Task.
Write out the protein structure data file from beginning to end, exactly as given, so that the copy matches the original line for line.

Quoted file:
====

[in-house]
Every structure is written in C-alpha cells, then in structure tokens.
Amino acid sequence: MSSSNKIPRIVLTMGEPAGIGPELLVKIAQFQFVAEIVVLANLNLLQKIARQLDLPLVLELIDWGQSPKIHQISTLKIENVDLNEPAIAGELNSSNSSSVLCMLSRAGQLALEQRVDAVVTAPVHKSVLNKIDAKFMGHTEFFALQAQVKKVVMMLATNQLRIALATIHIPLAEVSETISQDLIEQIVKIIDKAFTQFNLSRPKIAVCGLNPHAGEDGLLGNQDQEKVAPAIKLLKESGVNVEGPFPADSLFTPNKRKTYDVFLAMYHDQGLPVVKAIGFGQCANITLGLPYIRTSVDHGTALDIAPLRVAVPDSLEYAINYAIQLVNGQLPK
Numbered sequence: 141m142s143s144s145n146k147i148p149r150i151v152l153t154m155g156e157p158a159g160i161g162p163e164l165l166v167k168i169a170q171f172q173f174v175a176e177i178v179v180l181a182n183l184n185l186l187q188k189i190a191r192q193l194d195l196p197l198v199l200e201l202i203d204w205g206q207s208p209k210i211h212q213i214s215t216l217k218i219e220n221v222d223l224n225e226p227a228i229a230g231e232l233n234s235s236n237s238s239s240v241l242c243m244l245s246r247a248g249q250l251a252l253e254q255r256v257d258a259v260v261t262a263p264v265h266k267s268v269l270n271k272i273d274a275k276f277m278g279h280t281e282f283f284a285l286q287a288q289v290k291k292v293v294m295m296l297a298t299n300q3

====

[in-house]
Every structure is written in C-alpha cells, then in structure tokens.
Amino acid sequence: MSSSNKIPRIVLTMGEPAGIGPELLVKIAQFQFVAEIVVLANLNLLQKIARQLDLPLVLELIDWGQSPKIHQISTLKIENVDLNEPAIAGELNSSNSSSVLCMLSRAGQLALEQRVDAVVTAPVHKSVLNKIDAKFMGHTEFFALQAQVKKVVMMLATNQLRIALATIHIPLAEVSETISQDLIEQIVKIIDKAFTQFNLSRPKIAVCGLNPHAGEDGLLGNQDQEKVAPAIKLLKESGVNVEGPFPADSLFTPNKRKTYDVFLAMYHDQGLPVVKAIGFGQCANITLGLPYIRTSVDHGTALDIAPLRVAVPDSLEYAINYAIQLVNGQLPK
Numbered sequence: 141m142s143s144s145n146k147i148p149r150i151v152l153t154m155g156e157p158a159g160i161g162p163e164l165l166v167k168i169a170q171f172q173f174v175a176e177i178v179v180l181a182n183l184n185l186l187q188k189i190a191r192q193l194d195l196p197l198v199l200e201l202i203d204w205g206q207s208p209k210i211h212q213i214s215t216l217k218i219e220n221v222d223l224n225e226p227a228i229a230g231e232l233n234s235s236n237s238s239s240v241l242c243m244l245s246r247a248g249q250l251a252l253e254q255r256v257d258a259v260v261t262a263p264v265h266k267s268v269l270n271k272i273d274a275k276f277m278g279h280t281e282f283f284a285l286q287a288q289v290k291k292v293v294m295m296l297a298t299n300q3